Farwell believed strongly in liberal arts education, and in 1977, he helped develop Luther's signature Paideia program, an interdisciplinary course sequence that exposes all Luther students to a core liberal arts foundation. Also under his leadership, the college moved from a semester to a 4-1-4 calendar, which lets students engage in focused learning each January. Farwell was responsible too for building up faculty in the social sciences, leading to the creation of college departments in psychology, anthropology, and social work. He steered the college through periods of intense social and political unrest, and the quality of education and the national reputation of Luther College improved dramatically under his leadership.
A great advocate for affordable education, in 1969, Farwell helped establish the Iowa Tuition Grant Program, which allows Iowa students to receive financial aid to attend an Iowa private college or university. In 1983, Luther founded the Farwell Endowed Scholarship as a tribute to the former president’s recruitment and support of minority students.
Farwell held leadership positions with a variety of higher education organizations. He served on the Iowa State Advisory Committee on Area Schools, as president of the Lutheran Educational Conference of North America, as president of the Iowa College Foundation, as chairman of the Iowa Association of Private Colleges and Universities, and as chairman of the Council of College Presidents of the American Lutheran Church. He was elected to the first board of directors of the National Association of Independent Colleges and Universities.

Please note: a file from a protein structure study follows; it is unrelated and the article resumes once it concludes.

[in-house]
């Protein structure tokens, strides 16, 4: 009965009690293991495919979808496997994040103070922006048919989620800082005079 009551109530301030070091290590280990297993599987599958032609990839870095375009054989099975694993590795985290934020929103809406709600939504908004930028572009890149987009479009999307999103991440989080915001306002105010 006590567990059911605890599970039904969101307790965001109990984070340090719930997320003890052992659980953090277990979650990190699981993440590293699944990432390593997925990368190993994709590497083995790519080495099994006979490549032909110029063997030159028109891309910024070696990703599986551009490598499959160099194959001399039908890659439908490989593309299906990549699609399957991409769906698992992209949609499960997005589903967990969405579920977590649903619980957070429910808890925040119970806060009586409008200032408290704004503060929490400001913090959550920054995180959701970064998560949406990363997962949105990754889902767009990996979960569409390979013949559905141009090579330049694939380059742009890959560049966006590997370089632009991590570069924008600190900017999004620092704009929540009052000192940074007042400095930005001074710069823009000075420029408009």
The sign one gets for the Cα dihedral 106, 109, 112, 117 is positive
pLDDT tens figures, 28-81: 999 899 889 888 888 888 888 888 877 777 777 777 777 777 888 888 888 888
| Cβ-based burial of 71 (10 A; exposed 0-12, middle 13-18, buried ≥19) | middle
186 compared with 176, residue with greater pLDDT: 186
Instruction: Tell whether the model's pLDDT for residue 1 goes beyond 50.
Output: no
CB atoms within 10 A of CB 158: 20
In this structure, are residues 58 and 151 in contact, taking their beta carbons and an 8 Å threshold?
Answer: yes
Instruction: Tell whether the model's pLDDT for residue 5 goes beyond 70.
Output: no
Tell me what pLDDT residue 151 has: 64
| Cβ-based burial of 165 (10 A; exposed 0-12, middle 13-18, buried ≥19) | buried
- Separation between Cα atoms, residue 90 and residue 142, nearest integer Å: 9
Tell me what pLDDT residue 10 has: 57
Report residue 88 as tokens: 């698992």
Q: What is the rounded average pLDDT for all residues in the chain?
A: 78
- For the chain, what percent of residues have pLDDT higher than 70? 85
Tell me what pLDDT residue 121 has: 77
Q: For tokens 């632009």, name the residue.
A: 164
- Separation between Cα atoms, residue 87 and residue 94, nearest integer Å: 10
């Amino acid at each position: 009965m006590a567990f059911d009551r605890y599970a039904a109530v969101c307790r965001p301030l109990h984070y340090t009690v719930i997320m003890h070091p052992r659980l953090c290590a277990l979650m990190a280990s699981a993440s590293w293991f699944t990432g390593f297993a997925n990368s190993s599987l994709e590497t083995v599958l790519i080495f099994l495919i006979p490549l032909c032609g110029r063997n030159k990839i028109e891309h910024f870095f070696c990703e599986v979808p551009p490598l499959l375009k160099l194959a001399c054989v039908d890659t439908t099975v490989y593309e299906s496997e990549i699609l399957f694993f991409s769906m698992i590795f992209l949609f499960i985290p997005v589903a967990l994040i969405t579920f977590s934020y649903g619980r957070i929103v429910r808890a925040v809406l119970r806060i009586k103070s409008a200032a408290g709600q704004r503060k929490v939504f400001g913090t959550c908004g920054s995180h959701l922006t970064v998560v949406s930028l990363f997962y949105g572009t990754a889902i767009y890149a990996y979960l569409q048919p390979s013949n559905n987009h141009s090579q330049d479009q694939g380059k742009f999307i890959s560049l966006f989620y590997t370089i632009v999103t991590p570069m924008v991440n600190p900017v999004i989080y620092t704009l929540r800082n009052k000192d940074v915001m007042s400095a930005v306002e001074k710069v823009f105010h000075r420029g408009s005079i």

Farwell’s advice was sought outside of higher education as well. In 1966 he was tapped as a member of the Advisory Commission on Governmental Reorganization for Iowa governor Harold Hughes. He was appointed in 1978 to the State Advisory Commission on Mental Health. In 1977 he was named to the Iowa State Campaign Finance Disclosure Commission, and in 1986 he became its vice chairman.
After retiring from Luther in 1981, Farwell served for 15 months as interim president of Dana College in Blair, Neb. In addition to holding honorary degrees from four colleges and universities, he received the King Olav V of Norway Award, Knight First Class Order of St. Olav, and the King of Sweden Award, Knight First Class Order of North Star. He also served as an interim bishop for ELCA synods in Omaha and Denver.
When Farwell retired, the Elwin and Helen Farwell Lecture Endowment was created. Funded by the Humanities Endowment and the Farwell Endowment, the Farwell Distinguished Lecture Series generally hosts two major speakers each year who are connected to important current conversations at Luther. The Farwells attended every lecture together until 2016.
Farwell is survived by his wife, Helen (Hill); son Don Lucian Farwell, Luther class of 1971, California; daughter Helen Kay Kennedy (David Tardy), Michigan; son James Lyman Farwell (Elizabeth Sadhu), Luther class of 1975, Oregon; daughter Judith Anne (Brian) Bumpus, Luther class of 1980, New Jersey; 11 grandchildren and five great-grandchildren.